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Jagiellonian University Museum
Country: PolandAddress: 31010 Krakow, Jagiellonska 15
Website: Uploaded artworks: 2 Uploaded artist: 1
Cracow's oldest university building, the Collegium Maius acquired its present-day shape in the fifteenth century. Reminiscent of the architecture of Italian universities of the time, the building has a quadrangle court and cloisters on the first floor, stretching along all of its wings.
The origins of the holdings of the Jagiellonian University go back to the fifteenth century. It was in 1492 that Marcin Bylica, the Polish scholar and lecturer at the universities of Cracow, Padua and Bologna, presented his astronomical instruments to Cracow's Alma Mater, thus starting a collection of "scientific objects and curios". Grown for years through royal and magnate endowments and gifts by scholars and collectors, the holdings became dispersed during World War II. Luckily, most of them were returned after the War and made available for the public to see in 1964, on the 600th anniversary of the Jagiellonian University.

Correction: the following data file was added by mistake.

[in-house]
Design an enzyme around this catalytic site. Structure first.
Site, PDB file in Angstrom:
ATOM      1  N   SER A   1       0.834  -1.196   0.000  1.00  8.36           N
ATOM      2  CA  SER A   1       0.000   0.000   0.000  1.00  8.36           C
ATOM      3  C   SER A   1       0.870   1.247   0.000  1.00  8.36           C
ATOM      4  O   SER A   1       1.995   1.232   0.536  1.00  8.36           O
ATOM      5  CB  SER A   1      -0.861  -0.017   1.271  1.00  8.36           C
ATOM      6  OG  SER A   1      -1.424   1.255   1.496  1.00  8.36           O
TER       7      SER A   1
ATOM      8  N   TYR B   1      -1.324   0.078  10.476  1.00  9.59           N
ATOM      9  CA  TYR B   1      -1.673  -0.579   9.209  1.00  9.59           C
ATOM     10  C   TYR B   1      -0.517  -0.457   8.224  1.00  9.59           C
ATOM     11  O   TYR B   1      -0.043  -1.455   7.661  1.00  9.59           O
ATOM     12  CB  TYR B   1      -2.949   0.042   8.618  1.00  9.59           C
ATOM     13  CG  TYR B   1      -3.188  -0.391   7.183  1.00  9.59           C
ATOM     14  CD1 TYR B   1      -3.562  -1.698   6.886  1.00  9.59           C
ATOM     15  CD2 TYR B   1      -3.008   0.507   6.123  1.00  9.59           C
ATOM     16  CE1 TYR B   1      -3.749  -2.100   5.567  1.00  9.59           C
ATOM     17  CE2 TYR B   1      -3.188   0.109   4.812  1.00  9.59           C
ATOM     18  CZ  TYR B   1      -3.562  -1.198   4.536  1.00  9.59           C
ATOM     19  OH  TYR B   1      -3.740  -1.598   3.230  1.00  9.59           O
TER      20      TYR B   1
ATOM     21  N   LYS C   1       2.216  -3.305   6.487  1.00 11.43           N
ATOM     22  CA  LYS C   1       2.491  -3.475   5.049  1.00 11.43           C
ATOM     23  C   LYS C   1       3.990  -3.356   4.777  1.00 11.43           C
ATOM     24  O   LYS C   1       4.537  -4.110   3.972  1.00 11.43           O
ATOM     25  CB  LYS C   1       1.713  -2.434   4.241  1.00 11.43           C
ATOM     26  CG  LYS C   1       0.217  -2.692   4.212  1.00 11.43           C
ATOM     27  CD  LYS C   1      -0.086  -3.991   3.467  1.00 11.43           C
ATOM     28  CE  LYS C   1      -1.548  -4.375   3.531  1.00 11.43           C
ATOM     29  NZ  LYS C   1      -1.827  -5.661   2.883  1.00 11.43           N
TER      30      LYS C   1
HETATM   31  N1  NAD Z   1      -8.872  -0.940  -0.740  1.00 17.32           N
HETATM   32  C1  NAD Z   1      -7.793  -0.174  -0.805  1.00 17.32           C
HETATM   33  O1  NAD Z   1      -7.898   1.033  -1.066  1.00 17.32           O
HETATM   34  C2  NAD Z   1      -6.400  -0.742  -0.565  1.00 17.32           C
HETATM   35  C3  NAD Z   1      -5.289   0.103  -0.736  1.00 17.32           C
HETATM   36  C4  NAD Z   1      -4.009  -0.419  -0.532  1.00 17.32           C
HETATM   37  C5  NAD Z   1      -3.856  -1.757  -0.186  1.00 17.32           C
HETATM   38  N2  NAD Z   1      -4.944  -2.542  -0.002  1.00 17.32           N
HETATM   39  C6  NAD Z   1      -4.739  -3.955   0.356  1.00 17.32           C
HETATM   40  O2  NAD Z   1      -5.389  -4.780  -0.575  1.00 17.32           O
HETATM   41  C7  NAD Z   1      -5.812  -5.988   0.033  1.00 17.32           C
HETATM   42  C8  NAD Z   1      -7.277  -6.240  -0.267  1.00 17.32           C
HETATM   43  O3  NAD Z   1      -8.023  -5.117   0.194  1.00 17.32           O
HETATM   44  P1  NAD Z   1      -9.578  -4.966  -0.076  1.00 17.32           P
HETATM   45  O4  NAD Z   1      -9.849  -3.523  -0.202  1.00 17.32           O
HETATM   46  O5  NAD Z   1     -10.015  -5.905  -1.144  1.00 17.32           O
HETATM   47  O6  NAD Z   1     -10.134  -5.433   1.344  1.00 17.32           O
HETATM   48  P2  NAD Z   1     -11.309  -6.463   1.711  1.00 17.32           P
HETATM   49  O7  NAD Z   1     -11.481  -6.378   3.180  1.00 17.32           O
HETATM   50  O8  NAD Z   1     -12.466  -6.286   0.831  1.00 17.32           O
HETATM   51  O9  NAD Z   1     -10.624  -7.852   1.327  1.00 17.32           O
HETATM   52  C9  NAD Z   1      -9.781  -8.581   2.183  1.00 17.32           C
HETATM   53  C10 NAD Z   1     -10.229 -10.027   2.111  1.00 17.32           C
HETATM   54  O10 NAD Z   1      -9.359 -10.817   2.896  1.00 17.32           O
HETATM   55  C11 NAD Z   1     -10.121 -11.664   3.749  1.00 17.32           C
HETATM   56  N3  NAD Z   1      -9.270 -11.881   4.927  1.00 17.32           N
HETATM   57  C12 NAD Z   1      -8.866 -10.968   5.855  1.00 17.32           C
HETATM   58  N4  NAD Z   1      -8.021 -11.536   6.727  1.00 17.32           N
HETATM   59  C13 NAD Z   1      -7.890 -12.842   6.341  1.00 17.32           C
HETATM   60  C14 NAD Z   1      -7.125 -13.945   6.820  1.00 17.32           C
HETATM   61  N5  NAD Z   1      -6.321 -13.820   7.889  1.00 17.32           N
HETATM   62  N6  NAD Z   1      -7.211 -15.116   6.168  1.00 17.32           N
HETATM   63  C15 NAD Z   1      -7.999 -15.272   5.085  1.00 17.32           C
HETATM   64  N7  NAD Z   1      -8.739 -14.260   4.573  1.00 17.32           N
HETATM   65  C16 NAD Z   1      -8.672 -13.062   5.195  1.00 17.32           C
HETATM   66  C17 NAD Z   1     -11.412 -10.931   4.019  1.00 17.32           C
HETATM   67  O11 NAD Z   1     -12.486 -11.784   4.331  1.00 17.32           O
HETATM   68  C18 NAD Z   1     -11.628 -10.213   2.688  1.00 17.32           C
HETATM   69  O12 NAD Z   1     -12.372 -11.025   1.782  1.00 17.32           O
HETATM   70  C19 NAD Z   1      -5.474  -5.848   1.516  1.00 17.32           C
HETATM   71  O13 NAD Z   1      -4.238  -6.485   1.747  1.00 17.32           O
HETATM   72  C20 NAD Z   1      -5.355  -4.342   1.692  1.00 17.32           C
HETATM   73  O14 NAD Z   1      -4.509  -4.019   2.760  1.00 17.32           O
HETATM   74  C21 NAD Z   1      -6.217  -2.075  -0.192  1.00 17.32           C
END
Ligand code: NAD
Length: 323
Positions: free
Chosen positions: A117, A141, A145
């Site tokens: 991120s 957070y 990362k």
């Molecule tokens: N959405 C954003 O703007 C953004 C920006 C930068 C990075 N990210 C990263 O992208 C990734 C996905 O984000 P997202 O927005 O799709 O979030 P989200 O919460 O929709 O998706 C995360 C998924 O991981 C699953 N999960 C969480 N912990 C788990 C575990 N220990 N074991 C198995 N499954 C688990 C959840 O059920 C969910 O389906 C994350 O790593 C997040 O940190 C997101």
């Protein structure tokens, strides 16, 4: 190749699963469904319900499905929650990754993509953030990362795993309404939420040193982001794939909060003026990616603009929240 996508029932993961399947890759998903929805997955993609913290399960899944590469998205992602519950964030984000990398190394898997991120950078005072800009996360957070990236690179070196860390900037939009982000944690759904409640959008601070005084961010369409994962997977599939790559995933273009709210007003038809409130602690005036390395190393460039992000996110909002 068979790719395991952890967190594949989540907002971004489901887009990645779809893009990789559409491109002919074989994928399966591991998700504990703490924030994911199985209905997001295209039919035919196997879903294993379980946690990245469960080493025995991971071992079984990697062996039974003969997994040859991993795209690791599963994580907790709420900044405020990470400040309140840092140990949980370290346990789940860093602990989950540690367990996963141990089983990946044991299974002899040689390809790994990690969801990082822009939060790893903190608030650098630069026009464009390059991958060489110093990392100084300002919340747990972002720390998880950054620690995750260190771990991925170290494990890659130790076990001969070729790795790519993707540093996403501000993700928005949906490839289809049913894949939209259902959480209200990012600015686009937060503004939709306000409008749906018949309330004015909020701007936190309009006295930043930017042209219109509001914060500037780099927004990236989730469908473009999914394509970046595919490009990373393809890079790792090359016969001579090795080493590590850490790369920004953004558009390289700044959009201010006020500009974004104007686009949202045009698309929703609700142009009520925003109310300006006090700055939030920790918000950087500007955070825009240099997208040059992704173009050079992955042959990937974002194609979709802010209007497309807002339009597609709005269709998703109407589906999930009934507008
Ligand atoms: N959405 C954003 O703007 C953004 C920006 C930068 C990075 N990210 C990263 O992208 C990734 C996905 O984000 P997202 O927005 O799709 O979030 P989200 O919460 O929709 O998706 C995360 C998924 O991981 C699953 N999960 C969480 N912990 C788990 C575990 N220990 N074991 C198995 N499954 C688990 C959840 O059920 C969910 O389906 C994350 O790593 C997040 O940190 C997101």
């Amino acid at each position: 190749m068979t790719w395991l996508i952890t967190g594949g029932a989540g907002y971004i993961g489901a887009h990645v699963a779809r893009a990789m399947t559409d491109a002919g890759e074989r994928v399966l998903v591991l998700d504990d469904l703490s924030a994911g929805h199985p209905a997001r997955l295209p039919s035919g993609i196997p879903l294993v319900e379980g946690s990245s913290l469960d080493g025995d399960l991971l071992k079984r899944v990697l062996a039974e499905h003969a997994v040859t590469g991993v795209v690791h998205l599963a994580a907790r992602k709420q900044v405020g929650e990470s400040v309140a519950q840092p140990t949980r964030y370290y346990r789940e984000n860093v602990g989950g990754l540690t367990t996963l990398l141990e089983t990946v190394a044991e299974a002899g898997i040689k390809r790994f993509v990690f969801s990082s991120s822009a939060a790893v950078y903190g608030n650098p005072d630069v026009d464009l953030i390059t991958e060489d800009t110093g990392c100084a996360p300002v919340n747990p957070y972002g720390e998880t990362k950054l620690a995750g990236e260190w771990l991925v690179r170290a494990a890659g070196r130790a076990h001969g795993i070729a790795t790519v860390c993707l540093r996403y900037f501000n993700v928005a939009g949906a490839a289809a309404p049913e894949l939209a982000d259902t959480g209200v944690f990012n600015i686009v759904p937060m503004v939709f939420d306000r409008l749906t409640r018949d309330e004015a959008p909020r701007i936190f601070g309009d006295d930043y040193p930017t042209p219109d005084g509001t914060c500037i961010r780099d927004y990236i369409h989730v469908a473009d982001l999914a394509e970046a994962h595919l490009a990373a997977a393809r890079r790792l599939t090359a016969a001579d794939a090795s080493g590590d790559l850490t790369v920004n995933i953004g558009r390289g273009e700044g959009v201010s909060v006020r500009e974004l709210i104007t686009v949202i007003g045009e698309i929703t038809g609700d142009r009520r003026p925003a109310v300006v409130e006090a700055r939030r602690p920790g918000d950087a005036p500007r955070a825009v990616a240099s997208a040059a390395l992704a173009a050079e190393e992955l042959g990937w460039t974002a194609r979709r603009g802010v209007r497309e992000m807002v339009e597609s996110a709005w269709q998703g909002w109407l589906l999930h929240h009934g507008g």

While the Museum boasts a rich collection of works of art in the areas of painting, sculpture, prints and drawings, and decorative arts, its uniqueness is defined by its collection of old scientific instruments. Some two thousand items strong, it is the only collection of such class in Poland and one of the most valuable ones in Europe. The exhibits include astronomical instruments, notably those used by Marcin Bylica in the fifteenth century as well as a unique eleventh century Arab astrolabe; physical and optical instruments; chemical and pharmaceutical vessels; a collection of globes, the oldest of which date from the fifteenth and sixteenth century, with the so-called Jagiellonian Globe on which America was first shown; Fifteenth through nineteenth century clocks, eighteenth century microscopes, thermometers, balances, weights, and the like are also exhibited. Together with the art collection, these valuable holdings form one of the permanent exhibitions inside the Collegium Maius's historical interiors. Other permanent exhibitions include Medieval Painting and Sculpture, West-European Paintings from the Collections of Wiktoria Oseka and Ewelina Lipko-Lipczynska and Sciences Old and New. The latter exhibition opened in 2000 and has been highly popular with visitors. Its interactive character allows everyone (no special background is required) to do simple mathematical, astronomical and physical experiments and calculations using instrument models. Visitors are also attracted by the reconstructed interior of an alchemist workshop.
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